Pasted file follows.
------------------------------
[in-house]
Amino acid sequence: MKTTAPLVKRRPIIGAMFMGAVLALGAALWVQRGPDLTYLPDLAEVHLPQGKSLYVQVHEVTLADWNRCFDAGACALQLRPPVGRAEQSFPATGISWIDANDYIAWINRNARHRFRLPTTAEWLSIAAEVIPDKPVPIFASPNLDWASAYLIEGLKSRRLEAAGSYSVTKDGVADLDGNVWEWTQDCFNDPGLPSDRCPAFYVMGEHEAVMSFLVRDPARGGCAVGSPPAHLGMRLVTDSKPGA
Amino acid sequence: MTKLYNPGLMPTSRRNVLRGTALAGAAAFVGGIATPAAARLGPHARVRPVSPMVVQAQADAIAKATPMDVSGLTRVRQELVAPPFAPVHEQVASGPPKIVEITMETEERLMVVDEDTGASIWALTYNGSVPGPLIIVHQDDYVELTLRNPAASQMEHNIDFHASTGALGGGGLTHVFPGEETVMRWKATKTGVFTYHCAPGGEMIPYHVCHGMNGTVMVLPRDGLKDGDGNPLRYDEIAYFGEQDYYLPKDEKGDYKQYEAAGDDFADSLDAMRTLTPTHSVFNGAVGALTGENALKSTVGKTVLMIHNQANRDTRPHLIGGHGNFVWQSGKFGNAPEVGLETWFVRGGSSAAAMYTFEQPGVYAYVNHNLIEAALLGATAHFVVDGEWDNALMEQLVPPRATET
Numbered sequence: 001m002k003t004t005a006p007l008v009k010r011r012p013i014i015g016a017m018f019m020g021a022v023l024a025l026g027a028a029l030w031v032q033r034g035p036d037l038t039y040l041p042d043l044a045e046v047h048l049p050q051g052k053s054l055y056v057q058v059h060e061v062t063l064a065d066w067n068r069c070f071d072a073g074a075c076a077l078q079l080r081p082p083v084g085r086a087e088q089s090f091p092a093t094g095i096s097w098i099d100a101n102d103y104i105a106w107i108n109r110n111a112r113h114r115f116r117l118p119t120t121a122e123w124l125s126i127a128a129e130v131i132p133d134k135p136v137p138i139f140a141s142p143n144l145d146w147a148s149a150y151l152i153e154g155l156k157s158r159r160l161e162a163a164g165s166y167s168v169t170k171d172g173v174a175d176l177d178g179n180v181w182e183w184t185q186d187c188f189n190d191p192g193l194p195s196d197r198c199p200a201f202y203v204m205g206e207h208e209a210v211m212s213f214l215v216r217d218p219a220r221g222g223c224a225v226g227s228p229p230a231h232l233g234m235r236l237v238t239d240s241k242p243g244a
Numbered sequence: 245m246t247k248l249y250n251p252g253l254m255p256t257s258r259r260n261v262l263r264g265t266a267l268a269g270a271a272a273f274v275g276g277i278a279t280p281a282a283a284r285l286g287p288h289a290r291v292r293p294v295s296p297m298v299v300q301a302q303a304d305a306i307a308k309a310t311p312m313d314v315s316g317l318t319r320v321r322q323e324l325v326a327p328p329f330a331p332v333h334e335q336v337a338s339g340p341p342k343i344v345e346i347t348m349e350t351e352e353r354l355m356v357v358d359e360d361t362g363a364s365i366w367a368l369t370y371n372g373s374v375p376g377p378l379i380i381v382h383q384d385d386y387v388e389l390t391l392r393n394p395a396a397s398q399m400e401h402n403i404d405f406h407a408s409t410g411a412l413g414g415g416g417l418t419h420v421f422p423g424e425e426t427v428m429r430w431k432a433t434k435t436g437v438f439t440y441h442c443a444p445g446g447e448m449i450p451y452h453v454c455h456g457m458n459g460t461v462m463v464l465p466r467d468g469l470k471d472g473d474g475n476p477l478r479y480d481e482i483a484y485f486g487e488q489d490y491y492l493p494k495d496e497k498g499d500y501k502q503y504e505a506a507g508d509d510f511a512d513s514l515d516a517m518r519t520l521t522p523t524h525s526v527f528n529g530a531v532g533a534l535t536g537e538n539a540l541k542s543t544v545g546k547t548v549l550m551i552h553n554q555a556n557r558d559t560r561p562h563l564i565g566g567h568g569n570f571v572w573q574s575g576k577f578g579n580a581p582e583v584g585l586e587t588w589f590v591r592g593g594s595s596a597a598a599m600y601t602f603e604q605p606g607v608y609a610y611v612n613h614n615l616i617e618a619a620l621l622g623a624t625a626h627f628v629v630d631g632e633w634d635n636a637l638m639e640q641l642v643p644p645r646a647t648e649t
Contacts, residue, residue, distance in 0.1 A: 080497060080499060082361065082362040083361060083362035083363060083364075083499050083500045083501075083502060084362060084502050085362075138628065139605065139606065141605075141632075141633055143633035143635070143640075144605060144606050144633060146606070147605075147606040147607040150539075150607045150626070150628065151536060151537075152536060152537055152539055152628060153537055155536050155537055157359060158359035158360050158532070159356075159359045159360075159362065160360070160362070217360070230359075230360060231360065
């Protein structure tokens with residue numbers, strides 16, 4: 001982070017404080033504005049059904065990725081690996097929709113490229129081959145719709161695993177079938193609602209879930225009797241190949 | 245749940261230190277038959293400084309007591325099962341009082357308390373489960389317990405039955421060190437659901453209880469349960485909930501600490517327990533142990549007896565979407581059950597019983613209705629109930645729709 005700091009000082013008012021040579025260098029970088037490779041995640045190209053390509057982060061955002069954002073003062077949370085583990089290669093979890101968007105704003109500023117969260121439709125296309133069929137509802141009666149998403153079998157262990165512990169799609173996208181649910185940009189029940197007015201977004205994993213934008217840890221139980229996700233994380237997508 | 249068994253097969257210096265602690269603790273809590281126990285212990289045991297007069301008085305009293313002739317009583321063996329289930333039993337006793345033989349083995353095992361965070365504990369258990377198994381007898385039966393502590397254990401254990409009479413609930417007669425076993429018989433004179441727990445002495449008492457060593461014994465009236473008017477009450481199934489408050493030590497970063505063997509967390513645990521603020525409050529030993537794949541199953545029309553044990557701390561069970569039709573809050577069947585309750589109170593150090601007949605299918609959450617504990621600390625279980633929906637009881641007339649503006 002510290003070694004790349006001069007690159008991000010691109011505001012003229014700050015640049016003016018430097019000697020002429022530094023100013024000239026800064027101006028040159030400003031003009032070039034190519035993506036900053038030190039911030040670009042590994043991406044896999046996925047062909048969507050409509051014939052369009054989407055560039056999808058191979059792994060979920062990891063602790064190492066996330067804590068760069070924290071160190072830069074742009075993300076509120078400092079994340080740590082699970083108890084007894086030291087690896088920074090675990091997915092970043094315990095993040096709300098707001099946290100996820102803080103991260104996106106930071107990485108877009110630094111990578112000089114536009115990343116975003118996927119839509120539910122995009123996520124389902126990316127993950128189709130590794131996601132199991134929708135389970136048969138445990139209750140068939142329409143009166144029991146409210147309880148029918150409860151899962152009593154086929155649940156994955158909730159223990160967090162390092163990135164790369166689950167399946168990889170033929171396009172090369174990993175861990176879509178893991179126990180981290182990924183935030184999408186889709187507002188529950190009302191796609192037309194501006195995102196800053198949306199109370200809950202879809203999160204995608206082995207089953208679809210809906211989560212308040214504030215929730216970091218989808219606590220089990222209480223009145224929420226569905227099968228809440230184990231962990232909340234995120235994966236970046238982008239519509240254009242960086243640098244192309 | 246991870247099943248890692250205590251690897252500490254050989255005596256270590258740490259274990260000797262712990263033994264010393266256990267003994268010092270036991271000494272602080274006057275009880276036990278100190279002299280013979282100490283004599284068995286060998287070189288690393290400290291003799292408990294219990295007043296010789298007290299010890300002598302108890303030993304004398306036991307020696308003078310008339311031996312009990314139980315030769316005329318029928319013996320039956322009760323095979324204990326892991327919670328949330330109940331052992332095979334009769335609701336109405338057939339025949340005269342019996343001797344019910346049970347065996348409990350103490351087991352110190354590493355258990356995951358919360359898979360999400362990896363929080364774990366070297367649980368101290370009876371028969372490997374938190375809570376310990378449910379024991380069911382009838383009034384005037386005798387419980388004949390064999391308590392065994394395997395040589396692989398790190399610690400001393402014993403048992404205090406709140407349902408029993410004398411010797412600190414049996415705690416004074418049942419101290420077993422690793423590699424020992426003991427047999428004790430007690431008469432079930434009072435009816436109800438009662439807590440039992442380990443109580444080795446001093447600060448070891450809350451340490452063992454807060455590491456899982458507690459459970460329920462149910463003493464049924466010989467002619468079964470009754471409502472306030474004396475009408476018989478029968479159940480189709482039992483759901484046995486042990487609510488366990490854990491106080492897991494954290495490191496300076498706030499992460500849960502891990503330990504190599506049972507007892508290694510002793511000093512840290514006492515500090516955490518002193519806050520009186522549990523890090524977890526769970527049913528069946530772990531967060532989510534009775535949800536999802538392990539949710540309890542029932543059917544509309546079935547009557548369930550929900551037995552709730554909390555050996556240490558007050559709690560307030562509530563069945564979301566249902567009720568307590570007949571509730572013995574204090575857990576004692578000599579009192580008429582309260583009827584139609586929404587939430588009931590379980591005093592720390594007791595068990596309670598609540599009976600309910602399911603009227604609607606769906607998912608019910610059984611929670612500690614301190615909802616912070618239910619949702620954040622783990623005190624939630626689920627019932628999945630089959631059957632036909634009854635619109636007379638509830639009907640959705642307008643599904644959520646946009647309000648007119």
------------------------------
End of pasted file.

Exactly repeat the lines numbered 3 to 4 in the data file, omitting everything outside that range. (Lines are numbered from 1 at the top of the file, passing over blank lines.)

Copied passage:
Amino acid sequence: MTKLYNPGLMPTSRRNVLRGTALAGAAAFVGGIATPAAARLGPHARVRPVSPMVVQAQADAIAKATPMDVSGLTRVRQELVAPPFAPVHEQVASGPPKIVEITMETEERLMVVDEDTGASIWALTYNGSVPGPLIIVHQDDYVELTLRNPAASQMEHNIDFHASTGALGGGGLTHVFPGEETVMRWKATKTGVFTYHCAPGGEMIPYHVCHGMNGTVMVLPRDGLKDGDGNPLRYDEIAYFGEQDYYLPKDEKGDYKQYEAAGDDFADSLDAMRTLTPTHSVFNGAVGALTGENALKSTVGKTVLMIHNQANRDTRPHLIGGHGNFVWQSGKFGNAPEVGLETWFVRGGSSAAAMYTFEQPGVYAYVNHNLIEAALLGATAHFVVDGEWDNALMEQLVPPRATET
Numbered sequence: 001m002k003t004t005a006p007l008v009k010r011r012p013i014i015g016a017m018f019m020g021a022v023l024a025l026g027a028a029l030w031v032q033r034g035p036d037l038t039y040l041p042d043l044a045e046v047h048l049p050q051g052k053s054l055y056v057q058v059h060e061v062t063l064a065d066w067n068r069c070f071d072a073g074a075c076a077l078q079l080r081p082p083v084g085r086a087e088q089s090f091p092a093t094g095i096s097w098i099d100a101n102d103y104i105a106w107i108n109r110n111a112r113h114r115f116r117l118p119t120t121a122e123w124l125s126i127a128a129e130v131i132p133d134k135p136v137p138i139f140a141s142p143n144l145d146w147a148s149a150y151l152i153e154g155l156k157s158r159r160l161e162a163a164g165s166y167s168v169t170k171d172g173v174a175d176l177d178g179n180v181w182e183w184t185q186d187c188f189n190d191p192g193l194p195s196d197r198c199p200a201f202y203v204m205g206e207h208e209a210v211m212s213f214l215v216r217d218p219a220r221g222g223c224a225v226g227s228p229p230a231h232l233g234m235r236l237v238t239d240s241k242p243g244a